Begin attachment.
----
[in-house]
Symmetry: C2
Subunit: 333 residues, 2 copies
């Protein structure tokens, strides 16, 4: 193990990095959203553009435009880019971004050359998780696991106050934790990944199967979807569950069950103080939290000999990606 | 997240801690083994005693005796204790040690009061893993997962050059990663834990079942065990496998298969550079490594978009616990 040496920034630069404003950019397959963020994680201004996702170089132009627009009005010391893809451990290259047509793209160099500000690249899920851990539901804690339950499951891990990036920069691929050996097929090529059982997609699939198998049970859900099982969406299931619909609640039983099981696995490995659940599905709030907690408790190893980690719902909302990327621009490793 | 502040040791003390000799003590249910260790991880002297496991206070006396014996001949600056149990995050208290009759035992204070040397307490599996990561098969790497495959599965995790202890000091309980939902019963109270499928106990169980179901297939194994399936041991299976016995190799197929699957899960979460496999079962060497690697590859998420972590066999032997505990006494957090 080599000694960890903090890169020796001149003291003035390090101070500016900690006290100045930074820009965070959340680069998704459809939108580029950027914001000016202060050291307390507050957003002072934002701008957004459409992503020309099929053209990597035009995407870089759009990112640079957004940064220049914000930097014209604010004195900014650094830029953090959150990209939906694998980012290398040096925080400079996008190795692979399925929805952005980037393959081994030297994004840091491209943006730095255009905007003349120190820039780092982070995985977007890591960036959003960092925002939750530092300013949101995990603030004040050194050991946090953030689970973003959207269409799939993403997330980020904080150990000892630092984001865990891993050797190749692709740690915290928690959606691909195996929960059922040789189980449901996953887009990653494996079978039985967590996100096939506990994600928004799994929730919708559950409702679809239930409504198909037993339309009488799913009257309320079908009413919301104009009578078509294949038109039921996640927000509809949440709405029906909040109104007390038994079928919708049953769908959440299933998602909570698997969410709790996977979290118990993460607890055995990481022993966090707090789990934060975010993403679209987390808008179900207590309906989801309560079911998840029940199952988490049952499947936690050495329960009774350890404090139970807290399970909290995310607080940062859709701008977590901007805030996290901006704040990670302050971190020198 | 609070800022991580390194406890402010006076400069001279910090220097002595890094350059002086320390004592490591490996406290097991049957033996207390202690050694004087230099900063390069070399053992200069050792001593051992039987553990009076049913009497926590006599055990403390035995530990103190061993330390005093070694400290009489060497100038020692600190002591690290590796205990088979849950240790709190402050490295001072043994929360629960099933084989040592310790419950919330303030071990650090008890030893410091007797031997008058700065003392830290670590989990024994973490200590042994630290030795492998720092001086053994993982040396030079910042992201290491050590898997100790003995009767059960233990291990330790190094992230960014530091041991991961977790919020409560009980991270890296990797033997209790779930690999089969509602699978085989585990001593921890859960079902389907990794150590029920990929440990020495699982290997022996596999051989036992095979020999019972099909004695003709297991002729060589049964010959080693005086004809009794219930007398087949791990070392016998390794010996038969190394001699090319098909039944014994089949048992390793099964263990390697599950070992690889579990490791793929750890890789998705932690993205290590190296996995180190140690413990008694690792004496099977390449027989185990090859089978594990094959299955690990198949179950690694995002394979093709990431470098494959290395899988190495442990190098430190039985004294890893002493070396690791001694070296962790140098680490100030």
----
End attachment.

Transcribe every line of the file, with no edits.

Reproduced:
[in-house]
Symmetry: C2
Subunit: 333 residues, 2 copies
């Protein structure tokens, strides 16, 4: 193990990095959203553009435009880019971004050359998780696991106050934790990944199967979807569950069950103080939290000999990606 | 997240801690083994005693005796204790040690009061893993997962050059990663834990079942065990496998298969550079490594978009616990 040496920034630069404003950019397959963020994680201004996702170089132009627009009005010391893809451990290259047509793209160099500000690249899920851990539901804690339950499951891990990036920069691929050996097929090529059982997609699939198998049970859900099982969406299931619909609640039983099981696995490995659940599905709030907690408790190893980690719902909302990327621009490793 | 502040040791003390000799003590249910260790991880002297496991206070006396014996001949600056149990995050208290009759035992204070040397307490599996990561098969790497495959599965995790202890000091309980939902019963109270499928106990169980179901297939194994399936041991299976016995190799197929699957899960979460496999079962060497690697590859998420972590066999032997505990006494957090 080599000694960890903090890169020796001149003291003035390090101070500016900690006290100045930074820009965070959340680069998704459809939108580029950027914001000016202060050291307390507050957003002072934002701008957004459409992503020309099929053209990597035009995407870089759009990112640079957004940064220049914000930097014209604010004195900014650094830029953090959150990209939906694998980012290398040096925080400079996008190795692979399925929805952005980037393959081994030297994004840091491209943006730095255009905007003349120190820039780092982070995985977007890591960036959003960092925002939750530092300013949101995990603030004040050194050991946090953030689970973003959207269409799939993403997330980020904080150990000892630092984001865990891993050797190749692709740690915290928690959606691909195996929960059922040789189980449901996953887009990653494996079978039985967590996100096939506990994600928004799994929730919708559950409702679809239930409504198909037993339309009488799913009257309320079908009413919301104009009578078509294949038109039921996640927000509809949440709405029906909040109104007390038994079928919708049953769908959440299933998602909570698997969410709790996977979290118990993460607890055995990481022993966090707090789990934060975010993403679209987390808008179900207590309906989801309560079911998840029940199952988490049952499947936690050495329960009774350890404090139970807290399970909290995310607080940062859709701008977590901007805030996290901006704040990670302050971190020198 | 609070800022991580390194406890402010006076400069001279910090220097002595890094350059002086320390004592490591490996406290097991049957033996207390202690050694004087230099900063390069070399053992200069050792001593051992039987553990009076049913009497926590006599055990403390035995530990103190061993330390005093070694400290009489060497100038020692600190002591690290590796205990088979849950240790709190402050490295001072043994929360629960099933084989040592310790419950919330303030071990650090008890030893410091007797031997008058700065003392830290670590989990024994973490200590042994630290030795492998720092001086053994993982040396030079910042992201290491050590898997100790003995009767059960233990291990330790190094992230960014530091041991991961977790919020409560009980991270890296990797033997209790779930690999089969509602699978085989585990001593921890859960079902389907990794150590029920990929440990020495699982290997022996596999051989036992095979020999019972099909004695003709297991002729060589049964010959080693005086004809009794219930007398087949791990070392016998390794010996038969190394001699090319098909039944014994089949048992390793099964263990390697599950070992690889579990490791793929750890890789998705932690993205290590190296996995180190140690413990008694690792004496099977390449027989185990090859089978594990094959299955690990198949179950690694995002394979093709990431470098494959290395899988190495442990190098430190039985004294890893002493070396690791001694070296962790140098680490100030």